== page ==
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Assessing the Transformative Potential of Food Banks: The Case Study of Magazzini Sociali (Italy)

Giaime Berti (), Claudia Giordano () and Mariavaleria Mininni ()
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Giaime Berti: Institute of Management, School of Advanced Studies Sant’Anna, 56127 Pisa, Italy
Claudia Giordano: Department of Agriculture and Food Science and Technology, University of Bologna, 40127 Bologna, Italy
Mariavaleria Mininni: Department of European and Mediterranean Cultures, University of Basilicata, 75100 Matera, Italy

Agriculture, 2021, vol. 11, issue 3, 1-20

Abstract: Food poverty and/or food insecurity have become a substantial problem in the advanced capitalist world, with growing portions of people struggling to eat healthy food every day. At the same time, just in the European Union (EU), around 88 million tonnes of food waste are generated annually. We call this paradox the “food paradox”. The question is, how to tackle food paradox? Food banks are usually presented as a win–win solution to tackle the food paradox, despite being quite controversial. Indeed, food banks are highly contested because, according to critics, they do not aim to address the structural causes, but rather they only intervene on the effects of the food paradox. This paper develops the PAHS conceptual framework, the acronym of prefiguration, autonomy, hybridization, and scalability, which provides the four categories through which to explore the transformative potential of food surplus redistribution initiatives. The PAHS is adopted to investigate the case study of Magazzini Sociali, a food bank project developed by IoPotentino, a not-for-profit organization operating in Potenza. The results show a good transformative potential of the organization and provide an example of social innovation that can be replicated in other contexts.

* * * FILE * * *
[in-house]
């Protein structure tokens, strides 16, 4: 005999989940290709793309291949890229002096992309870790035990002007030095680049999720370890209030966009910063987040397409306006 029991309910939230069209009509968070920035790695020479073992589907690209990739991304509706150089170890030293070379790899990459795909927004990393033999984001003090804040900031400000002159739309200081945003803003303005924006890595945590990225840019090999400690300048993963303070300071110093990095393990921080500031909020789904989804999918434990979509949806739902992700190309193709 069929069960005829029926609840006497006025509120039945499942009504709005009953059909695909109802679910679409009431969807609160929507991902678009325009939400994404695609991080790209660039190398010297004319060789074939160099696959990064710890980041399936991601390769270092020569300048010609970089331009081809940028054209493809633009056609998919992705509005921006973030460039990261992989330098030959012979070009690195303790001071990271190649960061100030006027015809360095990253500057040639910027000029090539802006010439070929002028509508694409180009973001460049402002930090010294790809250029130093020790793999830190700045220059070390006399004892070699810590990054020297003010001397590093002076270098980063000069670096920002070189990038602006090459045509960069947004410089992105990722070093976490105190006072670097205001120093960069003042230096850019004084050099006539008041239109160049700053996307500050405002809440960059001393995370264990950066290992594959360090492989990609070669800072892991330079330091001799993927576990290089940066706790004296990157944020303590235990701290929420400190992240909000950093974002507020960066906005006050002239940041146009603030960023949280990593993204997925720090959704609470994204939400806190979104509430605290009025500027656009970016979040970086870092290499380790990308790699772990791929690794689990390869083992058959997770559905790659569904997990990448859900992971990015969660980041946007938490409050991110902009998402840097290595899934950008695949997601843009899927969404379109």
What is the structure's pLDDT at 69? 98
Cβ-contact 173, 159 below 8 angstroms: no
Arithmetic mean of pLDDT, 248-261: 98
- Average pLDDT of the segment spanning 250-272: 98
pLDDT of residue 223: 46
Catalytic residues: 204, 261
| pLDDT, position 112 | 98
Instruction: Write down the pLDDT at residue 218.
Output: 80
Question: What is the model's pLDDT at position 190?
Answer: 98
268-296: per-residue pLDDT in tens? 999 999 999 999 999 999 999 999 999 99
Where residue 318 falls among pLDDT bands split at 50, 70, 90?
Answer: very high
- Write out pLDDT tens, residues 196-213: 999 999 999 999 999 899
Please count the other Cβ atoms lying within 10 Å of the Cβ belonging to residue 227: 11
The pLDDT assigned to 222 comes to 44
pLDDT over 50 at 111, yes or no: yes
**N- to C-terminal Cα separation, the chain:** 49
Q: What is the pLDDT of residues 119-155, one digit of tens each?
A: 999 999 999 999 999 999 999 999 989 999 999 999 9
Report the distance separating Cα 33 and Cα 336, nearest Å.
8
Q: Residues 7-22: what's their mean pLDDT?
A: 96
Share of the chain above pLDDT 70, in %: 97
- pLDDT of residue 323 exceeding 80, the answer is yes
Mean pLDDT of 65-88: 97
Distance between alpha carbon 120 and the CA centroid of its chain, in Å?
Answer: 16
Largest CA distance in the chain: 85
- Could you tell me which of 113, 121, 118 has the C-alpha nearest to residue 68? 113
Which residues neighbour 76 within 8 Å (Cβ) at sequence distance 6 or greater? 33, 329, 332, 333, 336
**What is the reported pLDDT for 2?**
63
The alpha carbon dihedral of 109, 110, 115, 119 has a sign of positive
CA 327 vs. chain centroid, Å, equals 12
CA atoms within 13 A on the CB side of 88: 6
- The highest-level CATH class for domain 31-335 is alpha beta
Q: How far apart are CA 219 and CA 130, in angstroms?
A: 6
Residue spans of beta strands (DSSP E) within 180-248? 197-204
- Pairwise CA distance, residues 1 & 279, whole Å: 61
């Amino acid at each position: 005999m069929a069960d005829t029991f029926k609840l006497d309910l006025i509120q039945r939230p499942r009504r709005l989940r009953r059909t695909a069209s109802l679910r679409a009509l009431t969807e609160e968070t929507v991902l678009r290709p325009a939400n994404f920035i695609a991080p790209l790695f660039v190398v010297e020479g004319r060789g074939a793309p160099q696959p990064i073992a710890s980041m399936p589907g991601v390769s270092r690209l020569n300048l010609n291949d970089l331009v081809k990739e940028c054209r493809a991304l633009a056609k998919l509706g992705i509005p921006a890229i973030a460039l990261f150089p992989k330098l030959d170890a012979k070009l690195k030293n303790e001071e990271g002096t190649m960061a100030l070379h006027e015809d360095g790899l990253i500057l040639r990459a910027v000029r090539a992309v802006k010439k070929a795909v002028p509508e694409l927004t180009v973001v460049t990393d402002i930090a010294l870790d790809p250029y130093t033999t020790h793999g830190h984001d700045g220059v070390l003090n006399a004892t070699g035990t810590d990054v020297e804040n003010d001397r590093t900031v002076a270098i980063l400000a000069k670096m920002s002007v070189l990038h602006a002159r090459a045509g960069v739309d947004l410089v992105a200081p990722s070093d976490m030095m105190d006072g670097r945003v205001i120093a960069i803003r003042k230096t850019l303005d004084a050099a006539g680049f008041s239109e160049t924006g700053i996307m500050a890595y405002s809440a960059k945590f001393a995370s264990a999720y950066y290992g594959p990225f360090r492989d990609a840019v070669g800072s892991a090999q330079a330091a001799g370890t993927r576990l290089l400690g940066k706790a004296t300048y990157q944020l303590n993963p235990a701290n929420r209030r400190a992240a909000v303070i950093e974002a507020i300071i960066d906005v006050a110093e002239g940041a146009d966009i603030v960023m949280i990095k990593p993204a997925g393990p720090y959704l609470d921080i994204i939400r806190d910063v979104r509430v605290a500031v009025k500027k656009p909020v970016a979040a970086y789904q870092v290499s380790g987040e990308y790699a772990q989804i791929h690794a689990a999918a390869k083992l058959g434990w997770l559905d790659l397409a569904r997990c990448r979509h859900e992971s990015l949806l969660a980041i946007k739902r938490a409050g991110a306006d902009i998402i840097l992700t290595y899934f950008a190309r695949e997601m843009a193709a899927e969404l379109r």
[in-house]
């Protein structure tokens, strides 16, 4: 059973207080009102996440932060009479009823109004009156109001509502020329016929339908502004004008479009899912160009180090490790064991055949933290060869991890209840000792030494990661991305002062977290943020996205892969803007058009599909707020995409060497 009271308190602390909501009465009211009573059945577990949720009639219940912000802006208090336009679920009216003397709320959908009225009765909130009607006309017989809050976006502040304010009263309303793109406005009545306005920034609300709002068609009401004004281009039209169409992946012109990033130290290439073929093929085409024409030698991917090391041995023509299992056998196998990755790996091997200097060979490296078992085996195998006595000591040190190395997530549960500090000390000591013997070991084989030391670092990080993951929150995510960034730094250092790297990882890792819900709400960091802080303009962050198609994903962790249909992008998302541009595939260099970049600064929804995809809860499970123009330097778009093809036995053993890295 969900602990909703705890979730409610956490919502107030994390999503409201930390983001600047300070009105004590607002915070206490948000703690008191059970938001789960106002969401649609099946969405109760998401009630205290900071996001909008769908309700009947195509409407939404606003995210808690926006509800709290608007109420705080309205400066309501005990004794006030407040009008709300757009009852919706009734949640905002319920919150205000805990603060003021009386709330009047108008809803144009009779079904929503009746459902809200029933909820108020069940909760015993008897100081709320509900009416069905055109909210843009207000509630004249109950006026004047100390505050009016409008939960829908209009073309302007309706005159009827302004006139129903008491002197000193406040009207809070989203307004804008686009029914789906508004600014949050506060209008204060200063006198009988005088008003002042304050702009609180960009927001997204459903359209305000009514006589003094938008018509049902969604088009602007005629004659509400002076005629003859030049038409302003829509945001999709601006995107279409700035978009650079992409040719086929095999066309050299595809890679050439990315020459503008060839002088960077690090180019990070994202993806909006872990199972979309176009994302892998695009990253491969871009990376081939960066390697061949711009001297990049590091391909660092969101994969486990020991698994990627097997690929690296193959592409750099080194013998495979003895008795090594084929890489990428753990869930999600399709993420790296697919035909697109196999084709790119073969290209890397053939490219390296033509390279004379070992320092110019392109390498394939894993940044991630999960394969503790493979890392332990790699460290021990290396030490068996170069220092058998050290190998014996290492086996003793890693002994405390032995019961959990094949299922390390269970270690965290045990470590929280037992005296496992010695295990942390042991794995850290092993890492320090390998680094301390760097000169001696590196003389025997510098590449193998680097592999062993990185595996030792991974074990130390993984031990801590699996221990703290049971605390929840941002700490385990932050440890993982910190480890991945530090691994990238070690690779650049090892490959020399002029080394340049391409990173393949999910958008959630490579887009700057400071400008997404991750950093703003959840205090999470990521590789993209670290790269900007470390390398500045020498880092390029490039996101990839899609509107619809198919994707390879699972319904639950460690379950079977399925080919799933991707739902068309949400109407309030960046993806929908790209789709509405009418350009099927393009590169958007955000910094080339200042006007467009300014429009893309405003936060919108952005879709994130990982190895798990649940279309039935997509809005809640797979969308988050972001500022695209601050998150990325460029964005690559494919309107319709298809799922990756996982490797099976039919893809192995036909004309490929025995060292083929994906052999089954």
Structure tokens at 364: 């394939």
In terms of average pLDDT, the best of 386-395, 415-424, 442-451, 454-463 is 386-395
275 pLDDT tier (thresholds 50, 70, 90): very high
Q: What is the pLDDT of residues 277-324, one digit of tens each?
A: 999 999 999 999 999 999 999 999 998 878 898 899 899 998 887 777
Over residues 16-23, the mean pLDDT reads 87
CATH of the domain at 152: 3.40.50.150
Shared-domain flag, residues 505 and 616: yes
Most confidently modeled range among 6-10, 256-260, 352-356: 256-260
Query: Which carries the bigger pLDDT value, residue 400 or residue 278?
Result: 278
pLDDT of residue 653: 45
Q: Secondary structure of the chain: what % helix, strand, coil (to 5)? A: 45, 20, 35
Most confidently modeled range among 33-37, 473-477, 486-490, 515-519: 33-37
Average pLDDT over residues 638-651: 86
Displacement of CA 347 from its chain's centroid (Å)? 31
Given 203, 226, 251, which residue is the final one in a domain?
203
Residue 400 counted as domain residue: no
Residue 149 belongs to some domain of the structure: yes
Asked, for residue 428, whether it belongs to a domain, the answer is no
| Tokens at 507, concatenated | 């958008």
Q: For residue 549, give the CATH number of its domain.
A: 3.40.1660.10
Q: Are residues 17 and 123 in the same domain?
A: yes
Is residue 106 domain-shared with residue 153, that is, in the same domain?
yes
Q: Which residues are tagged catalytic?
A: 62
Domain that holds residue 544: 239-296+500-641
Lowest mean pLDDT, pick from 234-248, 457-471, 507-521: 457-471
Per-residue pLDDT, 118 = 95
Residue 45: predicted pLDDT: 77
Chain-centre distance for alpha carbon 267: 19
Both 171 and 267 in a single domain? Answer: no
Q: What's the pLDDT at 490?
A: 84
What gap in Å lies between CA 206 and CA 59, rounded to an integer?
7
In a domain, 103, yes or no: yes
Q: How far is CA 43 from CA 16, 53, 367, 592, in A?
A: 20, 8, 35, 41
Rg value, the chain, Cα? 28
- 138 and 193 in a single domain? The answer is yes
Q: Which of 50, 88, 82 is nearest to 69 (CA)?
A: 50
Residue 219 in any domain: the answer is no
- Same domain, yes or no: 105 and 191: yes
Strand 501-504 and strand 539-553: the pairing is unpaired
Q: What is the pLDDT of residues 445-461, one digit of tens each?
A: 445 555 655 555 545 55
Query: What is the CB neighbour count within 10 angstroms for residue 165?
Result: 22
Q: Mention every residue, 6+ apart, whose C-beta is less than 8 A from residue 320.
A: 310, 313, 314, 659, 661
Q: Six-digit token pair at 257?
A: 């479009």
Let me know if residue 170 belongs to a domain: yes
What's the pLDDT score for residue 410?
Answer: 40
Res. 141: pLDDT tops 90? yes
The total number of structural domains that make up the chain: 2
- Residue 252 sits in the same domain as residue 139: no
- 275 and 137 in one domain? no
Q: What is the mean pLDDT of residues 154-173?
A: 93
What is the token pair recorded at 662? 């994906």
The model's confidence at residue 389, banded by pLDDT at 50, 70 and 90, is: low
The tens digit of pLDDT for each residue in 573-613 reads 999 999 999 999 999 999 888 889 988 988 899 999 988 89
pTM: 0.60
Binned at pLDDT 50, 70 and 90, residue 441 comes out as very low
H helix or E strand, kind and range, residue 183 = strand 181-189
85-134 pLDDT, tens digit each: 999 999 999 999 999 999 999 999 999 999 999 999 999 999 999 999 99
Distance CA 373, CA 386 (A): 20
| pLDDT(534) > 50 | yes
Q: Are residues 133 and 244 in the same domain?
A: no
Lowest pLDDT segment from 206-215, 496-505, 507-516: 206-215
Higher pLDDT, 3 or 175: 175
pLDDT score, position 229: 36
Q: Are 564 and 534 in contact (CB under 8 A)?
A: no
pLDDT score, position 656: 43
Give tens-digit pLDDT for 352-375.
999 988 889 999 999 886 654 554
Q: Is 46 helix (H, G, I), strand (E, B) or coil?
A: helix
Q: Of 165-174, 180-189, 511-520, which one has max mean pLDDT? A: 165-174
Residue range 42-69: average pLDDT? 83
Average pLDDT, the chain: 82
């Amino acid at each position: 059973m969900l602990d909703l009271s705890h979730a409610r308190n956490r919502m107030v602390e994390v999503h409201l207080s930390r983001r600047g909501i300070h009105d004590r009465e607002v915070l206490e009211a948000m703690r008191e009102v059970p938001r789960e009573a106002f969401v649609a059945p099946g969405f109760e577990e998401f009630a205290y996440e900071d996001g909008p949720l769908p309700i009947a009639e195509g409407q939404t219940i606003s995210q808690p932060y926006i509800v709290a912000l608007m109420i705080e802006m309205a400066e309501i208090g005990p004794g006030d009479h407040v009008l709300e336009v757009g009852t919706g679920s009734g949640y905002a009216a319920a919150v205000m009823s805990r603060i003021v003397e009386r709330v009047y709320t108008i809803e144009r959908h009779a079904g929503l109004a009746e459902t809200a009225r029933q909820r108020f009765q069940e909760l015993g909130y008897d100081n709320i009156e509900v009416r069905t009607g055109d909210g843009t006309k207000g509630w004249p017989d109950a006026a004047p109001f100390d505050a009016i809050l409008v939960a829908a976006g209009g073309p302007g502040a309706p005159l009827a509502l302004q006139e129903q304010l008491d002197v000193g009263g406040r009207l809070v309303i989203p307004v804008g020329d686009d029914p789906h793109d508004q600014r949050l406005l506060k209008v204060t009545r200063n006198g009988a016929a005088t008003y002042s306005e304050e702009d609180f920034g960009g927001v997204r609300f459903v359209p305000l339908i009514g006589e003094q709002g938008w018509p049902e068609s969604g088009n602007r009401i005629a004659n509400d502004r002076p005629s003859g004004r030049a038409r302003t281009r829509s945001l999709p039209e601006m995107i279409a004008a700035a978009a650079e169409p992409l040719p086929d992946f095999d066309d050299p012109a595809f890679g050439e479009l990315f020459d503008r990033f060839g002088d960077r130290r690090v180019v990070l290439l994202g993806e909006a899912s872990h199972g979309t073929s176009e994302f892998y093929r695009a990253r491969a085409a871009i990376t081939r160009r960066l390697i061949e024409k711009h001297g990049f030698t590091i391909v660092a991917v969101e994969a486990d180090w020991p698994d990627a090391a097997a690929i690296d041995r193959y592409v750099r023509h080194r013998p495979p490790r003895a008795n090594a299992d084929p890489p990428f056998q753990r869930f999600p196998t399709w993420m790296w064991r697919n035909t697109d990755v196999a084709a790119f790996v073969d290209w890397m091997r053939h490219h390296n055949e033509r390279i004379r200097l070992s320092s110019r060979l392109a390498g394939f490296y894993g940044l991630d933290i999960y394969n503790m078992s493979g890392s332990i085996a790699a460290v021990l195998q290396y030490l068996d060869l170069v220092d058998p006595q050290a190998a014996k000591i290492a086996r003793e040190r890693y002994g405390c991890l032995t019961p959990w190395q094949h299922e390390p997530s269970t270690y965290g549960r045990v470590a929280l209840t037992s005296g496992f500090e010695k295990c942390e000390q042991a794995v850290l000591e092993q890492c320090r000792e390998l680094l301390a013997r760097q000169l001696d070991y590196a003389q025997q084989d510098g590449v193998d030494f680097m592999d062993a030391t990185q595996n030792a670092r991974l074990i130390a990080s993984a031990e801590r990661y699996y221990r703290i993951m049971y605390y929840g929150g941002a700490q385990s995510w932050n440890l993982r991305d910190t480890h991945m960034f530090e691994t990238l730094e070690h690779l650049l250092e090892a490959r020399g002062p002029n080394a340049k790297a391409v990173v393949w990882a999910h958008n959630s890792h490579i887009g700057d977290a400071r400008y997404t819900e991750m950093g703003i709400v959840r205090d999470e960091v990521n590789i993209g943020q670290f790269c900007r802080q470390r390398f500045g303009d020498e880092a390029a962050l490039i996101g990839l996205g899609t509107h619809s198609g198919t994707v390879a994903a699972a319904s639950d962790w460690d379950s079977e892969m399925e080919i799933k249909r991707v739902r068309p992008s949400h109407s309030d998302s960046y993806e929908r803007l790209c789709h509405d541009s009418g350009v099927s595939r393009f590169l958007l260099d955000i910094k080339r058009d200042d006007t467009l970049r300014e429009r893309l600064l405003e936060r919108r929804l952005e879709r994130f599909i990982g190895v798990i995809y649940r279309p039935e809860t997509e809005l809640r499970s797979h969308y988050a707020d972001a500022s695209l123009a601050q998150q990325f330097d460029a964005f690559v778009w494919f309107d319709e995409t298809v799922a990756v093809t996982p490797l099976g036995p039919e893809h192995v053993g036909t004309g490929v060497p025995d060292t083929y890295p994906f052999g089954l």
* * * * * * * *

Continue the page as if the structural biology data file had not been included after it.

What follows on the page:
Keywords: transformative potential; food banks; food waste; food donation (search for similar items in EconPapers)
JEL-codes: Q1 Q10 Q11 Q12 Q13 Q14 Q15 Q16 Q17 Q18 (search for similar items in EconPapers)
Date: 2021
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